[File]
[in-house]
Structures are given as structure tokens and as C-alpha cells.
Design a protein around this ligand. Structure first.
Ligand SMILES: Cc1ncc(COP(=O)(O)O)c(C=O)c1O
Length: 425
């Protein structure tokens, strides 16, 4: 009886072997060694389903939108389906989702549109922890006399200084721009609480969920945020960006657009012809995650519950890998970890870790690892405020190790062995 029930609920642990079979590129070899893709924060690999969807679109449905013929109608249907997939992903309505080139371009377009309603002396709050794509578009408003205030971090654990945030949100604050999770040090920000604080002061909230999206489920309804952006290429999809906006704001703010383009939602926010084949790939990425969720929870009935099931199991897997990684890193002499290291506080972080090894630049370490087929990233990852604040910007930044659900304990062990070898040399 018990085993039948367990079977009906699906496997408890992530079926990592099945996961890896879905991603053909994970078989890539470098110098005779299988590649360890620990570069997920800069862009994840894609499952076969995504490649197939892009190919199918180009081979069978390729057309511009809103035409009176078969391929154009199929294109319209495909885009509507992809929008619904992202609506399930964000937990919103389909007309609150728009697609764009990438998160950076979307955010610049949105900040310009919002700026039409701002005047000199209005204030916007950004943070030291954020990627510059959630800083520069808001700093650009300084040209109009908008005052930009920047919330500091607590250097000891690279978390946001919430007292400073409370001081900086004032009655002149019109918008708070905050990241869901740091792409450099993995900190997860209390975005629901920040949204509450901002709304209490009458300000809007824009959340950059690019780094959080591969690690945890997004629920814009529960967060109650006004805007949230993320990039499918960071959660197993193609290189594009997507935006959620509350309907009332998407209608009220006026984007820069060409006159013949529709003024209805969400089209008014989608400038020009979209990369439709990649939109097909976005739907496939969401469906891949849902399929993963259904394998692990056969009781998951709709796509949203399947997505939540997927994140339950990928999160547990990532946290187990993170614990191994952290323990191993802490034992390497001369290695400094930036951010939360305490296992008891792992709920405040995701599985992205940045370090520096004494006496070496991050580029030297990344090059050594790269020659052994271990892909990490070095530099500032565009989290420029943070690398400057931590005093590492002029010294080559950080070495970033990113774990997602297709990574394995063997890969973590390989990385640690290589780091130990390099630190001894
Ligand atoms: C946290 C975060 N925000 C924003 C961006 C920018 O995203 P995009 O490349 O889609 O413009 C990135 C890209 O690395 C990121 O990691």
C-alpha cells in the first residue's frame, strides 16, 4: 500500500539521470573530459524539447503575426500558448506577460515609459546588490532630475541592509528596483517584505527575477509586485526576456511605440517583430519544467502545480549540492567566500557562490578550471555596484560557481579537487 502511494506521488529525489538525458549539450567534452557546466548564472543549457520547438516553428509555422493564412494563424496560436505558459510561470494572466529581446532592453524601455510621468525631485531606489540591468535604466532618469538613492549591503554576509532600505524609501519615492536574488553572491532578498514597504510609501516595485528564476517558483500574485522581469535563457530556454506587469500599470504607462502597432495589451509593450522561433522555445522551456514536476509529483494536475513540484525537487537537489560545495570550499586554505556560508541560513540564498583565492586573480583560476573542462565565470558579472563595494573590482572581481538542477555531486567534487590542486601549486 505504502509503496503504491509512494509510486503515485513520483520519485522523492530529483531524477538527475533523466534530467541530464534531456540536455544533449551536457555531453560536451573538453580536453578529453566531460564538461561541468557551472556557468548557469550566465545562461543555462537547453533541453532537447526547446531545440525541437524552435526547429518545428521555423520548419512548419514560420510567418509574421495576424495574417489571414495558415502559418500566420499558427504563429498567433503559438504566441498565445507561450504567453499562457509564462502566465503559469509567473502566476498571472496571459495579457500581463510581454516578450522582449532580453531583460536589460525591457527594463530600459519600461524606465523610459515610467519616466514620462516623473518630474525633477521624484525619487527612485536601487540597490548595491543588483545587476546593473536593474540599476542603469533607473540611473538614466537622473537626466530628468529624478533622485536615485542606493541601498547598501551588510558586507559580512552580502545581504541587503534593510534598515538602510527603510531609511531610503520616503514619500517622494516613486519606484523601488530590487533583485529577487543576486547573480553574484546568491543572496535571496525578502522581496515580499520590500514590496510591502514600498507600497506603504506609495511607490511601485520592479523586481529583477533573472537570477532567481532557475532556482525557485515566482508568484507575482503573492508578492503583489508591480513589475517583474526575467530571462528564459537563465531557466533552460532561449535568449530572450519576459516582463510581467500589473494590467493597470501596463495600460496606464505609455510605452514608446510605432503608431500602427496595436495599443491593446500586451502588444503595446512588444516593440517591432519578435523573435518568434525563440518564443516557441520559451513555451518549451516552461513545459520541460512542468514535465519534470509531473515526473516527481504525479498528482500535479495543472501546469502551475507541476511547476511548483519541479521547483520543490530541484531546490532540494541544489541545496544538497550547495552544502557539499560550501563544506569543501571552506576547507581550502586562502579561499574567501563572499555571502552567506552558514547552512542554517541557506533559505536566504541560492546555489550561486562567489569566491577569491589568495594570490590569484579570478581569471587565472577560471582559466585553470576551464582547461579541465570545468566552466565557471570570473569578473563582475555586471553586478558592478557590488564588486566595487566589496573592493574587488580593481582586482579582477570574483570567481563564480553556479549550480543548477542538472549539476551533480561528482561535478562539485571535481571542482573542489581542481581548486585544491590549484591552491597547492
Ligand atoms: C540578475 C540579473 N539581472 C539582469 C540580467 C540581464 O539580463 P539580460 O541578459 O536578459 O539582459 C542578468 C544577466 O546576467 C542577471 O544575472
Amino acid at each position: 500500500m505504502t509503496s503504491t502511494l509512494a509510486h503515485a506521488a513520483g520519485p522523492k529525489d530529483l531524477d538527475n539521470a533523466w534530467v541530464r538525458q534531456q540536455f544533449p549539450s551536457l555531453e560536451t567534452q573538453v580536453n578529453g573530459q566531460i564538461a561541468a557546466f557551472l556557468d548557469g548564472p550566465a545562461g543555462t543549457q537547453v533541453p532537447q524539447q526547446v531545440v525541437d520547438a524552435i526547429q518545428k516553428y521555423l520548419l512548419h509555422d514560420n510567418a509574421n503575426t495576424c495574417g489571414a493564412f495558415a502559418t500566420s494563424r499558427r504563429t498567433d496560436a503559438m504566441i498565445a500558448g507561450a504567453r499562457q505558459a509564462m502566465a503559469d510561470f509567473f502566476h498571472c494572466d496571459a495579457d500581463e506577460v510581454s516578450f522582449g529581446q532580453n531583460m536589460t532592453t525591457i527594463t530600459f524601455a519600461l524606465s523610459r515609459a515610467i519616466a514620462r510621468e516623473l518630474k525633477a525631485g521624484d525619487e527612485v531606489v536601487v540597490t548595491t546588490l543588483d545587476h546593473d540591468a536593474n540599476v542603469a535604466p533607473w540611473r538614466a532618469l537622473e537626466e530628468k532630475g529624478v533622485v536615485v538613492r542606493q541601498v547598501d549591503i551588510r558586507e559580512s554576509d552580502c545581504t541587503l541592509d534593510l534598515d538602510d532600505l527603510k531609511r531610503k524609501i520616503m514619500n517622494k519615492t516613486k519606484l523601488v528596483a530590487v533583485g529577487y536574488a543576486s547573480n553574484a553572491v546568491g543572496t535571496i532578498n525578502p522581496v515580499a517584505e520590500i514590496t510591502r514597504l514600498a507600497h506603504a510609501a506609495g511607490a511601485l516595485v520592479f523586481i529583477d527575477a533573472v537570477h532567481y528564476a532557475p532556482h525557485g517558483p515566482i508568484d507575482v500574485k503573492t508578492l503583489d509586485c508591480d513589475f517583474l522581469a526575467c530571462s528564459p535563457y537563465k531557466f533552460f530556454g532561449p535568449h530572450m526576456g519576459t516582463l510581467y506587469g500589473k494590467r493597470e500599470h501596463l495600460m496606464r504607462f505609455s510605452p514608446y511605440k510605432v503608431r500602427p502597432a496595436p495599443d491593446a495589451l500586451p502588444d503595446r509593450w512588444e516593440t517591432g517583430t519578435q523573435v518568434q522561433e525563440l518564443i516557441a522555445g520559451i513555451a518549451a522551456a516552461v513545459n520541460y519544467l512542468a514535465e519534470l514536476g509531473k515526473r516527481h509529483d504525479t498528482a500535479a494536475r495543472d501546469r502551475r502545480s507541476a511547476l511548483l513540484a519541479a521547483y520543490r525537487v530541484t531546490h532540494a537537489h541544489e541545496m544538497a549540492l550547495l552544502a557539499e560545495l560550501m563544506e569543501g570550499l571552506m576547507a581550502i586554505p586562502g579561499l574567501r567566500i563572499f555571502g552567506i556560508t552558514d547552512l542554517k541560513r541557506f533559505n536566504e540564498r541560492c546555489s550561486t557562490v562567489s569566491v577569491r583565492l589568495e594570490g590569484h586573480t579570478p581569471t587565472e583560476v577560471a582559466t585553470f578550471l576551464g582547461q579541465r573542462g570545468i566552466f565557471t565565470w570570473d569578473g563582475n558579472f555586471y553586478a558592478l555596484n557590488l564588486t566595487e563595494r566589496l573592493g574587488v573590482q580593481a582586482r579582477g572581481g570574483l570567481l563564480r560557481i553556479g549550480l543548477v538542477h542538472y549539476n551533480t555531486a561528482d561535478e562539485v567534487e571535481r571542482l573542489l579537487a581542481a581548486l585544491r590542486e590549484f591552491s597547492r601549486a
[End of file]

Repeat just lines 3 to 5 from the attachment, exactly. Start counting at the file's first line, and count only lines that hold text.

Design a protein around this ligand. Structure first.
Ligand SMILES: Cc1ncc(COP(=O)(O)O)c(C=O)c1O
Length: 425